RICHMOND, Va. -- A national organization that represents state medical boards found that physicians were not being held accountable enough for sexual misconduct.
So they decided to take action.
The Federation of State Medical Boards supports member boards, like the Virginia Board of Medicine, as they work to protect the public's health, safety, and welfare. They decided to push for changes in the industry after USA Gymnastics Doctor Larry Nasser was found guilty of sexually abusing hundreds of gymnasts.
An investigation by the Atlanta Journal-Constitution found medical boards failing to hold hundreds of doctors accountable for sexually assaulting patients.
Last year, the Federation released 38 recommendations to state medical boards to help curb the problem of physician sexual misconduct.
The CBS 6 Problem Solvers took an in-depth look at that new guidance and compared it to what the Virginia Board of Medicine does.
Three of the recommendations stood out related to cases that involved Dr. Michael Pollock.
Pollock has been arrested for allegedly sexually assaulting patients and has a lengthy history of sexual misconduct with the Virginia Board of Medicine.
First, boards should have the authority to suspend a license prior to the completion of their investigation. In Virginia, this is not allowed because the board has to complete an investigation before suspending a license.
Diane Powers, a spokesperson for the Board, said the General Assembly would have to change Virginia law in order for this to happen.
"While the Board has considerable authority, the Board must also take into account that licensees have due process rights that are written into the Constitution of Virginia and the Code of Virginia. A license from the Board of Medicine is a property right, and the Office of the Attorney General has advised the Board that “clear and convincing” evidence is required for it to take an action on a license," Powers said in a statement to the CBS 6 Problem Solvers. "As has been mentioned previously, the Board’s decisions are based on the totality of the evidence. Its decisions must be able to withstand appeals from the “licensee” in both state and federal courts, up to and including the supreme courts. Having a decision of the Board overturned by the courts does not benefit the public, the Board of Medicine, or the Commonwealth of Virginia. A complete and thorough investigation illuminating the evidence in a case is the underpinning of all the principles mentioned in this paragraph."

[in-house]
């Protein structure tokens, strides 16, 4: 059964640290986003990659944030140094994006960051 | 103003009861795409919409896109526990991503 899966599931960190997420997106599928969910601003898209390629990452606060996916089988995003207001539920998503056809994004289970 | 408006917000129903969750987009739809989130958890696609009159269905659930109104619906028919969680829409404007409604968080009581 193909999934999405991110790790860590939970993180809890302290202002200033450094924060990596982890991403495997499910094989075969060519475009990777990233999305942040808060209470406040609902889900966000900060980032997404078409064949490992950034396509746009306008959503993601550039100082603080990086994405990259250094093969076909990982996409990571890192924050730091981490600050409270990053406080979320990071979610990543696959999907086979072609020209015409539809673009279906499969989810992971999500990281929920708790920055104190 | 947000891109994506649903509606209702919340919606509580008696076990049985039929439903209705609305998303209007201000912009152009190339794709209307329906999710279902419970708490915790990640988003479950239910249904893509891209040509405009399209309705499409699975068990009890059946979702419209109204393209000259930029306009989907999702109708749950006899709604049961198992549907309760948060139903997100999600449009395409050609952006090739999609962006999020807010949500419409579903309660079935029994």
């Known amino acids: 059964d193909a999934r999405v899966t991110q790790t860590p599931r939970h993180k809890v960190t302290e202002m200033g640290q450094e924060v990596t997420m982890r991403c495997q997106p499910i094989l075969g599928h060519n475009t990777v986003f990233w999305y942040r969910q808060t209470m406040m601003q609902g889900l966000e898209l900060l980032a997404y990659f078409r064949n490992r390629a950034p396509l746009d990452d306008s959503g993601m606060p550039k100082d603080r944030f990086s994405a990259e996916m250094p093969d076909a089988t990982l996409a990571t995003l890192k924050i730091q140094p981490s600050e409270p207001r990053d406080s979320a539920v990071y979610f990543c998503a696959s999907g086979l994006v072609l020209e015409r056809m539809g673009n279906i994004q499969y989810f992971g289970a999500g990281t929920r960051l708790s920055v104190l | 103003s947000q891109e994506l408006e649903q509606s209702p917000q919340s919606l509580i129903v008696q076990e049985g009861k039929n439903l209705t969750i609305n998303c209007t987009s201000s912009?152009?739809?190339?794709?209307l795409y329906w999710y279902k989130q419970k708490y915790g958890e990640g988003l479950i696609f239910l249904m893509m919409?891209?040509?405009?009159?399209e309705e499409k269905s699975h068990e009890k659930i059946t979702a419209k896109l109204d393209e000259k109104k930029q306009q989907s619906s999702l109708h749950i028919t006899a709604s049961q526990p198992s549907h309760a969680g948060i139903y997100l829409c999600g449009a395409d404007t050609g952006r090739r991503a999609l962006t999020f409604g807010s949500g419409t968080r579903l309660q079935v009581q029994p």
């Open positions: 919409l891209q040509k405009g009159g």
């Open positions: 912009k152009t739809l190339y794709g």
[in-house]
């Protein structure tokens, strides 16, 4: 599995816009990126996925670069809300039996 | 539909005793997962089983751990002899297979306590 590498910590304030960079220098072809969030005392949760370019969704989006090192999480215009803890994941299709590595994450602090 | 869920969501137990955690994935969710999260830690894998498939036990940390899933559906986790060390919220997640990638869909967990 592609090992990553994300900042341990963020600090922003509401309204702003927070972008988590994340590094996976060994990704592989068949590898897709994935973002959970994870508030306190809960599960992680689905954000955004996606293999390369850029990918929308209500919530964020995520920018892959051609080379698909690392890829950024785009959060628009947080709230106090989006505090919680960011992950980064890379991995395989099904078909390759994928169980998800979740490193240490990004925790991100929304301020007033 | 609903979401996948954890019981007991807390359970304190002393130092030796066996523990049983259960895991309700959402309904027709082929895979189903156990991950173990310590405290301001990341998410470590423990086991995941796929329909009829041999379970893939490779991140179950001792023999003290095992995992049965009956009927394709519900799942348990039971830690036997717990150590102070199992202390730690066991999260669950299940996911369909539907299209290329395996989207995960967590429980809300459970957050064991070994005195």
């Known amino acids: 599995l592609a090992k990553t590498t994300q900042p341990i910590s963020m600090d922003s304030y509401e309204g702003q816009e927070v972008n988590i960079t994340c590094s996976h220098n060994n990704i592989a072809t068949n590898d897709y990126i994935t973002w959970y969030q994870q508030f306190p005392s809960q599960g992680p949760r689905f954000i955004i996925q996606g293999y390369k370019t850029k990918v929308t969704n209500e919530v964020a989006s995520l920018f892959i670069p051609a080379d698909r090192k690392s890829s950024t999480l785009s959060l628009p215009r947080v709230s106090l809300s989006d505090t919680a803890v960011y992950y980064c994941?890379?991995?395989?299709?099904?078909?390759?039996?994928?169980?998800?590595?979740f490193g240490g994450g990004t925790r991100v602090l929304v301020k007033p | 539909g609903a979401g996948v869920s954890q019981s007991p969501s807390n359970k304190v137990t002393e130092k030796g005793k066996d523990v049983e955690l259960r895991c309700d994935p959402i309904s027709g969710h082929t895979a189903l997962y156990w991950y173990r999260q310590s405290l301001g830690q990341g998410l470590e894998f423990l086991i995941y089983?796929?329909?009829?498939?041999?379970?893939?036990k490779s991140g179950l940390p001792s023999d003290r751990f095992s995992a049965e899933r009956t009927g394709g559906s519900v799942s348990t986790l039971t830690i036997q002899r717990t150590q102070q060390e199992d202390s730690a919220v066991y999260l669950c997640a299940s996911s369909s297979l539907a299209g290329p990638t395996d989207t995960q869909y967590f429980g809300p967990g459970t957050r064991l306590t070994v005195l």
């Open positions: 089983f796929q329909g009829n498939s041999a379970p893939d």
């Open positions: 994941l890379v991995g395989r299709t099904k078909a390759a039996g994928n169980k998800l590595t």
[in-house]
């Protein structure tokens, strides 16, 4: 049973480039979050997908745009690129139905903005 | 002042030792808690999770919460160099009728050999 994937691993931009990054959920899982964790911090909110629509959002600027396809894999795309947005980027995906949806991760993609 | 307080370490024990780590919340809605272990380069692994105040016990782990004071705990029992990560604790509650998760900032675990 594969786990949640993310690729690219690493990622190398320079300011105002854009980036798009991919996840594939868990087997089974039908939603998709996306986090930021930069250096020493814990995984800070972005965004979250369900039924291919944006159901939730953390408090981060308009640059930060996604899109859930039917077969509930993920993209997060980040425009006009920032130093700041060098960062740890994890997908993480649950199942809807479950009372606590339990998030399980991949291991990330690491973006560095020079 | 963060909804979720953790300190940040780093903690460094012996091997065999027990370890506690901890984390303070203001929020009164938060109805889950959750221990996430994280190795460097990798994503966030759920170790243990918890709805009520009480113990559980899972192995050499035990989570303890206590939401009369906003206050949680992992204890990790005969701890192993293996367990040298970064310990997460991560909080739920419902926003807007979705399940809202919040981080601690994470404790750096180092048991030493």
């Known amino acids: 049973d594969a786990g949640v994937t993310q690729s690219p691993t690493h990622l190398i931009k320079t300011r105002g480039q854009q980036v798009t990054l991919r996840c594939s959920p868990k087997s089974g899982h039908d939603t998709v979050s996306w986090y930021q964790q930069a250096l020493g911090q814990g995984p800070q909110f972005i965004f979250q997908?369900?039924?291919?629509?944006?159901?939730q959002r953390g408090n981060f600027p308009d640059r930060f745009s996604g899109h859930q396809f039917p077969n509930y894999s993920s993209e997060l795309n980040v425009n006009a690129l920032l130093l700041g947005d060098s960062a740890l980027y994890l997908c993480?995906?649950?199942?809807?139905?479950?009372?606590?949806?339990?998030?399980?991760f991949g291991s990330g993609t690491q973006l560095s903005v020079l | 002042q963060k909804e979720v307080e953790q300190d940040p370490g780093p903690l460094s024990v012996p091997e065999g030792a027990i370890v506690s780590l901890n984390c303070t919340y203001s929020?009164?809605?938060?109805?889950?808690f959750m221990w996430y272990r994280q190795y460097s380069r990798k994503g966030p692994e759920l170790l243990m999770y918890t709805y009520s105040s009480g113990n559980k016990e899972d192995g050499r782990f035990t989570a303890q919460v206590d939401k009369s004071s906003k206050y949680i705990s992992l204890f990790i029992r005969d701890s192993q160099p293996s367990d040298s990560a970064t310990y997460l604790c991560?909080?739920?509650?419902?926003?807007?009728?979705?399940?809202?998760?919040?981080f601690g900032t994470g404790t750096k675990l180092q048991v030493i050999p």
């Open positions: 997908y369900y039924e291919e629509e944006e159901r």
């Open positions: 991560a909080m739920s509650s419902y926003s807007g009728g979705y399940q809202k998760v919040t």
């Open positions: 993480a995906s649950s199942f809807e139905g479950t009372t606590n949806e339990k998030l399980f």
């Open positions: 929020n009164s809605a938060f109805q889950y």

Second, boards should consider revoking a license when a physician has repeatedly committed "lesser" acts of unprofessional conduct of a sexual nature.
In Virginia, the Board can consider a licensee's history in its decisions, and decisions are based on the totality of the evidence. However, Powers declined to say why Pollock's license was never revoked.
Third, the federation recommends boards continue to monitor physicians who have been subject to discipline and corrective action to ensure they avoid situations similar to those where they engaged in sexual misconduct.
Powers said it does this through various terms and conditions placed on a sanctioned doctors' license.
She referred to the terms and conditions placed on Pollock's license when it was reinstated after being suspended in 2012. However, when Pollock's license was fully reinstated in 2013, those terms and conditions were terminated.
Powers said the Board of today is "not the board of yesteryear." She also said, "the 18 members of the Board today view issues differently than the board of 1984, 1998, and even 2012."